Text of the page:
“In one scene, the gyro noise was too disturbing, so we rerecorded the whole scene -– but then, we found that without the whining of the gyro, it was just not sounding right,” he recalls. “So we only ADR’d one character, notched out the high-pitched whine of the gyro to a manageable level and kept it in the scene -– it added a certain tension to it that both Danny and I liked. So a noise, which I thought was disturbing during the shoot, actually came to be of use to us.”
This is a remix, and though not a musical one, an interesting one. The title credits to David Mamet‘s film Redbelt, recently released on DVD, are by Andy Goldman, who took the letters from a 1905 King Lear, made in Italy, the hand-tinted credits to which Mamet had admired. “This actual alphabet and the actual colors,” Mamet explains in the DVD’s commentary track, “Andy Goldman took from that movie.” Also in that commentary track (which Mamet does with fighter Randy Couture, who appears in the film), Mamet shares one of his favorite film terms, “MOS,” which signals that a scene will be silent. He explains that the term comes from “mit out sound,” dating from a German director’s influence. More on the derivation at filmsound.org. (Hat via zazzle.com.)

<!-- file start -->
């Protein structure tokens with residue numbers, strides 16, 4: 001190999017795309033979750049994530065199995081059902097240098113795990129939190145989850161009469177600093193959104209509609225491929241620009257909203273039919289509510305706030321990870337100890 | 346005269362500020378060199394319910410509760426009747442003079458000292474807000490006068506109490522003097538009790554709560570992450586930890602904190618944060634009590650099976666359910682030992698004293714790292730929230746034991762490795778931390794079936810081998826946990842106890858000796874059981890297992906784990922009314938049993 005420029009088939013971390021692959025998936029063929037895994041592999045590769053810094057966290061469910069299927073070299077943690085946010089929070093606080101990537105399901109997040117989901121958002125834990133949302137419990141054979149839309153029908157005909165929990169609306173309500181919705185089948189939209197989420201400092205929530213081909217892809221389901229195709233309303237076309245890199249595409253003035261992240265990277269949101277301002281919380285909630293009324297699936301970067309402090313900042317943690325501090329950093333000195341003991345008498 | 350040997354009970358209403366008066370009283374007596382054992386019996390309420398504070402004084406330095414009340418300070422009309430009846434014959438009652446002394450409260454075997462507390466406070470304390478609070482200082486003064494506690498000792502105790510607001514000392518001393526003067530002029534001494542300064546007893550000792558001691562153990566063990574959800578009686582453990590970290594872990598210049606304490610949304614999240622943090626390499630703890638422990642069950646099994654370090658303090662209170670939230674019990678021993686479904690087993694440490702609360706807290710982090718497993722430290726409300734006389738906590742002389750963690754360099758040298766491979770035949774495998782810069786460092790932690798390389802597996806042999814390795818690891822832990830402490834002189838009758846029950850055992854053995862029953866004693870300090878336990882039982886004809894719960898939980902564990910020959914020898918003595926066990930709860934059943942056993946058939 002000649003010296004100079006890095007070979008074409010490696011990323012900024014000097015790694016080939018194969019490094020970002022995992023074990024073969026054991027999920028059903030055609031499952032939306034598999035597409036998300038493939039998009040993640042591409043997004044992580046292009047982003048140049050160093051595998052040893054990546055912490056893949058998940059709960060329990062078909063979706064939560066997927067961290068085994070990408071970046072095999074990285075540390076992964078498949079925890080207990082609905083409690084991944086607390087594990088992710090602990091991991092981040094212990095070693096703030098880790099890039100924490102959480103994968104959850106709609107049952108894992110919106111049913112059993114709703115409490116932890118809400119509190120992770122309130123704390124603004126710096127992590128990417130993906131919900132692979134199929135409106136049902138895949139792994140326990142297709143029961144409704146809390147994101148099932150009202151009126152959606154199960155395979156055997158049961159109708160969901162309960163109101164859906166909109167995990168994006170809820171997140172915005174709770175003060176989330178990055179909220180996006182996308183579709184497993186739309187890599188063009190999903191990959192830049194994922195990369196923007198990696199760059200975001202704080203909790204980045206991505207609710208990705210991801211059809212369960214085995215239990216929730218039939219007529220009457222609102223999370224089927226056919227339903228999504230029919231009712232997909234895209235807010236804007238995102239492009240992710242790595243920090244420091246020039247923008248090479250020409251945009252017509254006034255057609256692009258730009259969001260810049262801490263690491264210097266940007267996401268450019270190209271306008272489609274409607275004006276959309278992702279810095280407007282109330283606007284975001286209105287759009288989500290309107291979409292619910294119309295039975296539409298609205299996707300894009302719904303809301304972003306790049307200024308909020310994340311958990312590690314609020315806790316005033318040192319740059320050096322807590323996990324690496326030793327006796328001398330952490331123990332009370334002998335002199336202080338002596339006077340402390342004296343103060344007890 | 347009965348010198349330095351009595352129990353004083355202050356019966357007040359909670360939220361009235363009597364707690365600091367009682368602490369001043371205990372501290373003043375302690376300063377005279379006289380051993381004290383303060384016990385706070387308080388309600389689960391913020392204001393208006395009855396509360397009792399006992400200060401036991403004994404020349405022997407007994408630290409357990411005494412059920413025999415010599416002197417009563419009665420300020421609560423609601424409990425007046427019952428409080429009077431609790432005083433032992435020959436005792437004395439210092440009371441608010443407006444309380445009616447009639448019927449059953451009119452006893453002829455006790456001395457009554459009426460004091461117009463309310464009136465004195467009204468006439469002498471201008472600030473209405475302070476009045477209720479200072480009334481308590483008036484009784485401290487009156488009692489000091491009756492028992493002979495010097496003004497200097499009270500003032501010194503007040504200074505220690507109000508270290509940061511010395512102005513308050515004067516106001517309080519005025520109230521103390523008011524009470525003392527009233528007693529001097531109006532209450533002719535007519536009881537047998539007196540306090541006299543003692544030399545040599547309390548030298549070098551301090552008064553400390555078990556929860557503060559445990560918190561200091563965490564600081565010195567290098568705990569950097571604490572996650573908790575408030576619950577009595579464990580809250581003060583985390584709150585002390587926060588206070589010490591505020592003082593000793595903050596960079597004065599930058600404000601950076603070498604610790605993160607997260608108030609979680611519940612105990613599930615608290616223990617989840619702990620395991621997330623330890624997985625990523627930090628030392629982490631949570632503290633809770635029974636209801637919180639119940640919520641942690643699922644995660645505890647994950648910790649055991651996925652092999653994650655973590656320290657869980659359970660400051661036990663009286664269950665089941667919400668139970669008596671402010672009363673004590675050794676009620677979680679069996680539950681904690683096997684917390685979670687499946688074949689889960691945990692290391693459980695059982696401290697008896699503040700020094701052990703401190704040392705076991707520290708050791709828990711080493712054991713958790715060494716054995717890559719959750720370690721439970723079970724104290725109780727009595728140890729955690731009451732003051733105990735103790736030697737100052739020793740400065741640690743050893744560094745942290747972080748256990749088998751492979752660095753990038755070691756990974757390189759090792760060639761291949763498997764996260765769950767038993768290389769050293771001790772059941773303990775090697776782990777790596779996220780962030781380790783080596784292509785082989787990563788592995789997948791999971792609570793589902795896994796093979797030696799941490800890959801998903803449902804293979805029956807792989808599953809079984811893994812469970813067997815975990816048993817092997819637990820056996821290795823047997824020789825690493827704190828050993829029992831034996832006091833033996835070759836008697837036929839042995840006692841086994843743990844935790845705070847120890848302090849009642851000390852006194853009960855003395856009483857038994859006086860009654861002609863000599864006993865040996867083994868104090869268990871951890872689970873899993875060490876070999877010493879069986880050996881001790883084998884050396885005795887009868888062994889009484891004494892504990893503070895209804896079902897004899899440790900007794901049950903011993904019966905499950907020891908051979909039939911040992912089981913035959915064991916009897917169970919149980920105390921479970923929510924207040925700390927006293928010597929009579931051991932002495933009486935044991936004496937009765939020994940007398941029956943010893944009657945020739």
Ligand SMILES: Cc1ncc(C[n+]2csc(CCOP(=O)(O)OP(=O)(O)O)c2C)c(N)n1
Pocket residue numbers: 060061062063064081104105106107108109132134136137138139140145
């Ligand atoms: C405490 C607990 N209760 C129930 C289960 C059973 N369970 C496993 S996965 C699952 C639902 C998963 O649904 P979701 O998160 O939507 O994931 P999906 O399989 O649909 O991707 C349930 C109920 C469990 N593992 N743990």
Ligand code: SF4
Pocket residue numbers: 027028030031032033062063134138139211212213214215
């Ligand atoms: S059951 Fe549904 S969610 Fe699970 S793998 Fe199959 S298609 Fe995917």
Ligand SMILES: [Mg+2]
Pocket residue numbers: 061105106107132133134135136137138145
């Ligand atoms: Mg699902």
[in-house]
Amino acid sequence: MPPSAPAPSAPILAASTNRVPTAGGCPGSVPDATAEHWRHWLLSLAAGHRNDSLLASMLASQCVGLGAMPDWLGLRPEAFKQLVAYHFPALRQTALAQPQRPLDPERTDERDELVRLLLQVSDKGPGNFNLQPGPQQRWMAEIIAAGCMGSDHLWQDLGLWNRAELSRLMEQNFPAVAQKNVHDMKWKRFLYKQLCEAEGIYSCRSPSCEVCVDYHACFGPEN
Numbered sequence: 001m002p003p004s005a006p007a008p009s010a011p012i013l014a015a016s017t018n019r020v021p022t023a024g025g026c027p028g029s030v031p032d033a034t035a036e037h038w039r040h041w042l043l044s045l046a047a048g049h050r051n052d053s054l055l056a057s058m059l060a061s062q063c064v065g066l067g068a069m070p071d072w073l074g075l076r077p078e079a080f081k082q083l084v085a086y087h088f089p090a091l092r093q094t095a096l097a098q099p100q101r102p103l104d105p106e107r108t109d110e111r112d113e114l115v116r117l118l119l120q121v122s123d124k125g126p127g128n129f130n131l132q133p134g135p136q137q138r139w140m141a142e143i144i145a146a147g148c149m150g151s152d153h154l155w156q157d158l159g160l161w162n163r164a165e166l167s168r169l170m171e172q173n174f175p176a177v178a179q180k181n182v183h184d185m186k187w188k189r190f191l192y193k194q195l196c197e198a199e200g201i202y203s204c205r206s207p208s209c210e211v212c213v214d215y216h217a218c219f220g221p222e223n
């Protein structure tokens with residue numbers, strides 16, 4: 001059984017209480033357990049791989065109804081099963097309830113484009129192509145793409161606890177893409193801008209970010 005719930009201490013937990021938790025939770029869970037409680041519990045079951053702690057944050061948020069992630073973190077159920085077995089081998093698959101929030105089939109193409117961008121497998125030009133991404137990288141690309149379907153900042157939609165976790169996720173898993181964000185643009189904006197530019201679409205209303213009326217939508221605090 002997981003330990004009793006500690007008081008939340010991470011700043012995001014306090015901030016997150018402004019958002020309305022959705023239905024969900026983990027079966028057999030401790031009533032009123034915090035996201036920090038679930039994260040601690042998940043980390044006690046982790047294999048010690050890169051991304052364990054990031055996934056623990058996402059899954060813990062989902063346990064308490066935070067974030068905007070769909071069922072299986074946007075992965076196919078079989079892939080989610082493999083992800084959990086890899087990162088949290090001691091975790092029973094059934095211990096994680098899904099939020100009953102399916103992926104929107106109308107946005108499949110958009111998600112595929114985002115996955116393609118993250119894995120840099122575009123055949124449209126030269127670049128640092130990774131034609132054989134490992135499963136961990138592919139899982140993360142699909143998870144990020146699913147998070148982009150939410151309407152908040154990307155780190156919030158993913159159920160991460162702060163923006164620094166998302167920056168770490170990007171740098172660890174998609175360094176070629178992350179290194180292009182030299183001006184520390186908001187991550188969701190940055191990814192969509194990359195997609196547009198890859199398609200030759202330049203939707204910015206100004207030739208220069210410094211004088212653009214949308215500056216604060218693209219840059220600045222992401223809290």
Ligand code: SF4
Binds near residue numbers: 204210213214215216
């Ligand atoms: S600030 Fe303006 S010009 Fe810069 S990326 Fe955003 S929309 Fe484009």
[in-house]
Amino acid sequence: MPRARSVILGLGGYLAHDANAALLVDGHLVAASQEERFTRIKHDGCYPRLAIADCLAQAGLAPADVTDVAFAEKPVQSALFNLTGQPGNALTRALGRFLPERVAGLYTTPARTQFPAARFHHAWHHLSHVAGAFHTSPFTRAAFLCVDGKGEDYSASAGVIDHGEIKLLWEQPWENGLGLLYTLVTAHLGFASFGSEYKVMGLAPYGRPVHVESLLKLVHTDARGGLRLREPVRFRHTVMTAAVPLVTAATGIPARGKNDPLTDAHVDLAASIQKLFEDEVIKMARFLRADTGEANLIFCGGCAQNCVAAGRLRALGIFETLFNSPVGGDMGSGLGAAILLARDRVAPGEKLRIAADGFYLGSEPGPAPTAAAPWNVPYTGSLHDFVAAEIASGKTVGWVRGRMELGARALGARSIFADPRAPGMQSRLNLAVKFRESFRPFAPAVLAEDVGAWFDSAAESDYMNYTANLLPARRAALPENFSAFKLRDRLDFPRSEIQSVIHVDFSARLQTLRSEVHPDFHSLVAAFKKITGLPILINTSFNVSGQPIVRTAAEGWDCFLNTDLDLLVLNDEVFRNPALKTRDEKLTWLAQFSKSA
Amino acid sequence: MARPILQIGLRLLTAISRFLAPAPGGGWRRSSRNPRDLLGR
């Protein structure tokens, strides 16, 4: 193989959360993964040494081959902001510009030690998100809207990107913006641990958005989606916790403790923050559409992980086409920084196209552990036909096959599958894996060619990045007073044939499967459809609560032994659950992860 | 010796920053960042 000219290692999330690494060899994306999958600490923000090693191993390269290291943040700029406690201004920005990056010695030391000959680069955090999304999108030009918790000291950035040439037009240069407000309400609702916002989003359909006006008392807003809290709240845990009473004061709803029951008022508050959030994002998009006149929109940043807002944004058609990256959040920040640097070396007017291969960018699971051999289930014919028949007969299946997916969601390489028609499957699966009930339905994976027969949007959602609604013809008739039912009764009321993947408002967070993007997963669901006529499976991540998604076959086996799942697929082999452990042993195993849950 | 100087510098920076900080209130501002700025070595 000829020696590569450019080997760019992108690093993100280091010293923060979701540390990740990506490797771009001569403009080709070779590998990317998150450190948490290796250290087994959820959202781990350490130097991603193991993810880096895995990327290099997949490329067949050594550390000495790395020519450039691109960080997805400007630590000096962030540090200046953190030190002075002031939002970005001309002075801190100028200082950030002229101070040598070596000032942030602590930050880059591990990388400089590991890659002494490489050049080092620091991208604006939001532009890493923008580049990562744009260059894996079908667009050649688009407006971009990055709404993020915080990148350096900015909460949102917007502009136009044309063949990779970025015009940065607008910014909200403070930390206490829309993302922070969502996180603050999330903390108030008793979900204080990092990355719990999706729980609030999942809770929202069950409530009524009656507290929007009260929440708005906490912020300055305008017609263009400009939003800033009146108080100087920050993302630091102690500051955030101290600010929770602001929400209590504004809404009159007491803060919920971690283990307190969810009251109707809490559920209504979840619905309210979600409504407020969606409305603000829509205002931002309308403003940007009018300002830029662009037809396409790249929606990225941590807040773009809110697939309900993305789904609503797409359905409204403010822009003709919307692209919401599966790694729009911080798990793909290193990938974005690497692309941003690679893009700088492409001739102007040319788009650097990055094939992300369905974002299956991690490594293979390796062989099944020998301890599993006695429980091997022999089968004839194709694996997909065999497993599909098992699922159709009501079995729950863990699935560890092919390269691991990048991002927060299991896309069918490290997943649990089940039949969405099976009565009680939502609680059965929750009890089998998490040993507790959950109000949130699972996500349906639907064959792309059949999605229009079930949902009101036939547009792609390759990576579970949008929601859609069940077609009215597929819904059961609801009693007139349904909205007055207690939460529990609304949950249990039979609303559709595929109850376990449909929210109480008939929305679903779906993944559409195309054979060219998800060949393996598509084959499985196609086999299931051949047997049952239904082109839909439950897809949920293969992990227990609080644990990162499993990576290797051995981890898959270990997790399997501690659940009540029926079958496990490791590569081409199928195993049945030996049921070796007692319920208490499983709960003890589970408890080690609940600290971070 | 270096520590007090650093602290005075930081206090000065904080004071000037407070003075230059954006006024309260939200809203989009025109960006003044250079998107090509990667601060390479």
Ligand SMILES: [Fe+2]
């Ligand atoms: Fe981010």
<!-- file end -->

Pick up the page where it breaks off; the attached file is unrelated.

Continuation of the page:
Random Access: The use of interactive sound in Fanta promotions (mediapost.com). … Draw with your voice at zefrank.com (via appscout.com).

While Electroplankton for the Nintendo DS was something that pretty much had to be ordered via the Internet, the Korg DS-10 is now in GameStop stores. … And is a DJ Hero going to follow Guitar Hero? (technabob.com). … Neat idea: the “sound bulb” (engadget.com). … The New Yorker‘s Sasha Frere-Jones on the Buddha Machine (newyorker.com, newyorker.com). … Sonic helmets (sonicspacelabs.com). … I’m test-driving a G1 cellphone (that’s the “Google phone,” powered by the Android OS) for the month, to see if I wanna make the switch: g1for30days.tumblr.com — any recommended music apps, besides the song-recognition tool Shazam (which is amazing)?